Today we celebrate the Feast of the Immaculate Conception. We proclaim and believe that God, in His goodness and love, preserved Mary from all stain of sin from the moment of her conception -- thus preparing her to be a worthy vessel for God's Son. In this liturgy we adore our God and thank God for the redemption of the world, wrought by the death and resurrection of His Son. May we, like Mary, strive for holiness and purity, so that we also may constantly say "Yes" to our God.
Today's Gospel gives us the very familiar story of "The Rich Young Man". Especially for those present at this Mass who were about to be confirmed, the young man gives a good example -- and then teaches us what else we must do. First, he runs up to Jesus, does him homage, and asks, "What must I do to inherit eternal life?" Undoubtedly, Jesus approved of this question and the desire of the young man to enter eternal life. All of us should be able to express that same desire: What must I do in order to be saved? Jesus answers by saying that keeping God's Commandments is the first step, but it cannot end there. We must continue to follow the Lord by taking up our cross daily. While the young man went away sad, I pray that we may take up that challenge and follow Jesus courageously every day of our lives.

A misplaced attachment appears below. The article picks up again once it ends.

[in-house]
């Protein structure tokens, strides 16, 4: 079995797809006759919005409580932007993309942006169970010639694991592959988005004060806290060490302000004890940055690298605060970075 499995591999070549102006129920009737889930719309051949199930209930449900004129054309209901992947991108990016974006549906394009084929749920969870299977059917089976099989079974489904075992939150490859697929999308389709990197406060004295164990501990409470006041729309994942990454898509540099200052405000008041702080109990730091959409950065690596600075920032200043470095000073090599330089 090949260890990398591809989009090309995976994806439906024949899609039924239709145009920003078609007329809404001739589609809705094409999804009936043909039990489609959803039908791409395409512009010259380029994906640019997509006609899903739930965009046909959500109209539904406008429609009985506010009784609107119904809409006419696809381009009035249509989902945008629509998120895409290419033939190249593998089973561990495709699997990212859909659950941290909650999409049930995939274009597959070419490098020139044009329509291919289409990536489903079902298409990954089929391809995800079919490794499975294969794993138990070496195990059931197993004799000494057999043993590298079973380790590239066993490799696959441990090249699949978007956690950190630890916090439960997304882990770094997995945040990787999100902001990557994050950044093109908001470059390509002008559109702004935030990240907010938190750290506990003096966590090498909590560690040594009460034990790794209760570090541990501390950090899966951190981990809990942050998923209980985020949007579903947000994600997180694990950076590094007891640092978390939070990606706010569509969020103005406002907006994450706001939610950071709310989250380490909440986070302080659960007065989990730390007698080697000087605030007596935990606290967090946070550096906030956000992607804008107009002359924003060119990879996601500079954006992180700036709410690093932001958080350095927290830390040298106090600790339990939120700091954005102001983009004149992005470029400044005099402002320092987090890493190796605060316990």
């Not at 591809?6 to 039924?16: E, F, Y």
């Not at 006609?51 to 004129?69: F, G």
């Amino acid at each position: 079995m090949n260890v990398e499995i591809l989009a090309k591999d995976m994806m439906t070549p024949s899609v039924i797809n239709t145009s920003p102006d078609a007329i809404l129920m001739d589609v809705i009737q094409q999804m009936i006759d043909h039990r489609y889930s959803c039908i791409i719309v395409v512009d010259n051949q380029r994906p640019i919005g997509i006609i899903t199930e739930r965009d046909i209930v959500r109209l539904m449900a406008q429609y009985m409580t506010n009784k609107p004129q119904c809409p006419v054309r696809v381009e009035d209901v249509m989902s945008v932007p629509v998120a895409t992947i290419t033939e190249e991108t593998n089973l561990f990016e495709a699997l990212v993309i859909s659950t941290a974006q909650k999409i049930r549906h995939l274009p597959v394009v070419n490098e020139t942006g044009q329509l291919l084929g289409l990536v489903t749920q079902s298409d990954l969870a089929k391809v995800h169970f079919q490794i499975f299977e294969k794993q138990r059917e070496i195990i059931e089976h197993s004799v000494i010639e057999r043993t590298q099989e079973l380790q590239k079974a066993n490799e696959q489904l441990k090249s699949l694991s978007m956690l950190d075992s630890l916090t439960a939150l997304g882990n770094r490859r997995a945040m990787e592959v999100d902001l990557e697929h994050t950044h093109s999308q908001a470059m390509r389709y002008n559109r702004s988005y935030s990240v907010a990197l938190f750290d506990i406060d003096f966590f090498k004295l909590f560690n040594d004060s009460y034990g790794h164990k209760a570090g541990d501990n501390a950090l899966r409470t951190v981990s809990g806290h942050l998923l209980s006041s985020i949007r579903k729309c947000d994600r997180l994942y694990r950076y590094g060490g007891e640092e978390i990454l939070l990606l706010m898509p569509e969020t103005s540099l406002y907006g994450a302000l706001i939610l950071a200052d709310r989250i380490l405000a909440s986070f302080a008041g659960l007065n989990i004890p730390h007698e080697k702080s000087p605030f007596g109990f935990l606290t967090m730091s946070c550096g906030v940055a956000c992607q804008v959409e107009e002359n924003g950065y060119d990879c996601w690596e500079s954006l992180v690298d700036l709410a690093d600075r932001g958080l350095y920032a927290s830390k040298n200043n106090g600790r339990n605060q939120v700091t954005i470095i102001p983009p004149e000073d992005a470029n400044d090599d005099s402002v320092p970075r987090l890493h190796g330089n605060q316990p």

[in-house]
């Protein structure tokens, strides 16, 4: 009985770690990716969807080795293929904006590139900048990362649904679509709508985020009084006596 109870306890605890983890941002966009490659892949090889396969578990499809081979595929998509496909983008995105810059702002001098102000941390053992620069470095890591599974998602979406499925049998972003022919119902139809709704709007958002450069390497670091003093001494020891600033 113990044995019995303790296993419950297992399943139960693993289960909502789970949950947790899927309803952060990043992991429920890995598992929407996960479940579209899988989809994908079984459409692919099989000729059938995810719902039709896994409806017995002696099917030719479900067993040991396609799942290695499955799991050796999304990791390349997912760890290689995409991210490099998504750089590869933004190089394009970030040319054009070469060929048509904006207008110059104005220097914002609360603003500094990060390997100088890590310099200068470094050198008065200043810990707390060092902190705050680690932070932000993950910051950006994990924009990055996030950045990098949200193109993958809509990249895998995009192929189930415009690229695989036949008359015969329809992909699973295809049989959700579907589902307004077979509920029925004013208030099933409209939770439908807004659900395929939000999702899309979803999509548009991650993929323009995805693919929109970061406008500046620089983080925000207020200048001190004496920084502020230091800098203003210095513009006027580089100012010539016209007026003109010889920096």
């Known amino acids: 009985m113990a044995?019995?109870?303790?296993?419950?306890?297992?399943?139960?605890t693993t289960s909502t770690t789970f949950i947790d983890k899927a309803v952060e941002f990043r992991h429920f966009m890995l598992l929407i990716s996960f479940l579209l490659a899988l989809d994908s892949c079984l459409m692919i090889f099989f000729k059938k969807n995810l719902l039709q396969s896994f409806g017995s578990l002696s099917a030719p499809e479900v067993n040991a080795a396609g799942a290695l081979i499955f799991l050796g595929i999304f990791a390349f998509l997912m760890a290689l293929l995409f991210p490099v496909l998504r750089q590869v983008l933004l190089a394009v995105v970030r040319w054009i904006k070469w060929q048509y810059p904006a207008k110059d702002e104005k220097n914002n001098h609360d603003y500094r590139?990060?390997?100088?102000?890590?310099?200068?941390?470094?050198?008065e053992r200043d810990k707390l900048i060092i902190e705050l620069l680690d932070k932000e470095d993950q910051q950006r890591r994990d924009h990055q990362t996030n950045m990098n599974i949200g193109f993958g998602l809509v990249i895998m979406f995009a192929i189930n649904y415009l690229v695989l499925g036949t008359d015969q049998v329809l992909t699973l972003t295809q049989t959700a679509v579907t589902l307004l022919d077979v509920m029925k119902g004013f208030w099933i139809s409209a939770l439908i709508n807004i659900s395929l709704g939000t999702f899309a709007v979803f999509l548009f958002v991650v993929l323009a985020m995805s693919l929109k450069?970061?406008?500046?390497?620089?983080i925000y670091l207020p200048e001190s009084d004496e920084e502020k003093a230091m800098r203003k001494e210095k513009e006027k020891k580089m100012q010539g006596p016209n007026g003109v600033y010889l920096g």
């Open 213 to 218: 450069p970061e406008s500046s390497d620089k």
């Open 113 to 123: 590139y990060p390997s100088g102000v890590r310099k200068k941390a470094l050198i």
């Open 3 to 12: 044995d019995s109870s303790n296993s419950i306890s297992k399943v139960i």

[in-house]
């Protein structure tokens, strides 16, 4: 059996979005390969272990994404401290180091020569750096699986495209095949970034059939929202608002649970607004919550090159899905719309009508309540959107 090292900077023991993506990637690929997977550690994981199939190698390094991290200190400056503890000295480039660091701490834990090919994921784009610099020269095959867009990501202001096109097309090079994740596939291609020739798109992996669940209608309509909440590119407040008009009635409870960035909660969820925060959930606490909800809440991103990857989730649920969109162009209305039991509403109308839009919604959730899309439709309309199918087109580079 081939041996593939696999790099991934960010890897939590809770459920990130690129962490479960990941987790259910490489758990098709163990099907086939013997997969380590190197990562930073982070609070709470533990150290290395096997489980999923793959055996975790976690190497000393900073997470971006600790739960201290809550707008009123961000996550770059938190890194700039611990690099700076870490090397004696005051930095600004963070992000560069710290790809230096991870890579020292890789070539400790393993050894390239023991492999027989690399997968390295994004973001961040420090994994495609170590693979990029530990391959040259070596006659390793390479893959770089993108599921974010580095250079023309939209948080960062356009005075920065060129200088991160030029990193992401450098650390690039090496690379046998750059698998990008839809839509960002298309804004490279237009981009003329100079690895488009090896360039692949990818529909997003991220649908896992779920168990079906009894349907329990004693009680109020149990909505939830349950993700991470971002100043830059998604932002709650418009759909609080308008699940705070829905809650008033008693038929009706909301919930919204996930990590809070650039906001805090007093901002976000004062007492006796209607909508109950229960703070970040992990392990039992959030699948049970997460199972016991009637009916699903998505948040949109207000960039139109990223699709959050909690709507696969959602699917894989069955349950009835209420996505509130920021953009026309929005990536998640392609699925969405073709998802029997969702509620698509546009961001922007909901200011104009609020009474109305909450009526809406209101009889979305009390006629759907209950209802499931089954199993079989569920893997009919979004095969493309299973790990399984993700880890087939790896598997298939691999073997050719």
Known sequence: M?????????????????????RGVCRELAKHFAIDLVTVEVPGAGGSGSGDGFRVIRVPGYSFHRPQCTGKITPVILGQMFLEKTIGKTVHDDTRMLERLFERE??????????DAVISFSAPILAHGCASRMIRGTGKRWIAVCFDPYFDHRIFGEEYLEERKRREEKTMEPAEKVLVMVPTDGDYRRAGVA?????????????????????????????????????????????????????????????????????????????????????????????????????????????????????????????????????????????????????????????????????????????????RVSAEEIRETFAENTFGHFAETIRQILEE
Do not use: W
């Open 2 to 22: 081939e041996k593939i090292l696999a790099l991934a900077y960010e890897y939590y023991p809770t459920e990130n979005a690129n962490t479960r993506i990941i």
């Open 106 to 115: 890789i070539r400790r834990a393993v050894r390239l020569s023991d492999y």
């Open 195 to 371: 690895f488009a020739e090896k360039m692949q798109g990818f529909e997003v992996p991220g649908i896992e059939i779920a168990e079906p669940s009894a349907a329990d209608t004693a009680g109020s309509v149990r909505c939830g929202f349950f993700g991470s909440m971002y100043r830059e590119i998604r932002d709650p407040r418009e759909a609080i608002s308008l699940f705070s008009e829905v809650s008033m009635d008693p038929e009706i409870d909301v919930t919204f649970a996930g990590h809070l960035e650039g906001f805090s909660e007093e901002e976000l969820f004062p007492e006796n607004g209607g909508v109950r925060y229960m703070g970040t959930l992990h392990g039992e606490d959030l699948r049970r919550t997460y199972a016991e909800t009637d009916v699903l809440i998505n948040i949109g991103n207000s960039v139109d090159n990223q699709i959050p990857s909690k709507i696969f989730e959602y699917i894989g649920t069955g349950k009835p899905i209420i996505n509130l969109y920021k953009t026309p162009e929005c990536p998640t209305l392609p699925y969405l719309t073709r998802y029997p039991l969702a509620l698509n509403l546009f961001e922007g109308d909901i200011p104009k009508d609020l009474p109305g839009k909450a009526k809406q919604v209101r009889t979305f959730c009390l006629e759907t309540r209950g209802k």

In the Gospel Jesus asks his disciples, "Who do people say that I am?" After listening to their responses, Jesus looks at them and asks, "Who do YOU say that I am?" This is THE question that we all must answer. It's not enough to say that we know about the Lord; we hope to be able to answer wholeheartedly that we know the Lord.
In today's readings we hear Moses and Jesus calling the people to fidelity. God gives us the Law in order to lead us to Himself. Whereas we may think that laws exist to hamper our freedom, God's law does just the opposite. Through the Law God gives us the freedom to choose the good. By loving God with all our mind, heart, and soul, and by loving our neighbor as ourselves, we imitate our Lord and thus grow in holiness. This is a message that the people in Moses' day and in Jesus' day needed to hear; a message that we need to hear and follow today. May we recommit ourselves to being faithful to God and to His commandments today and always.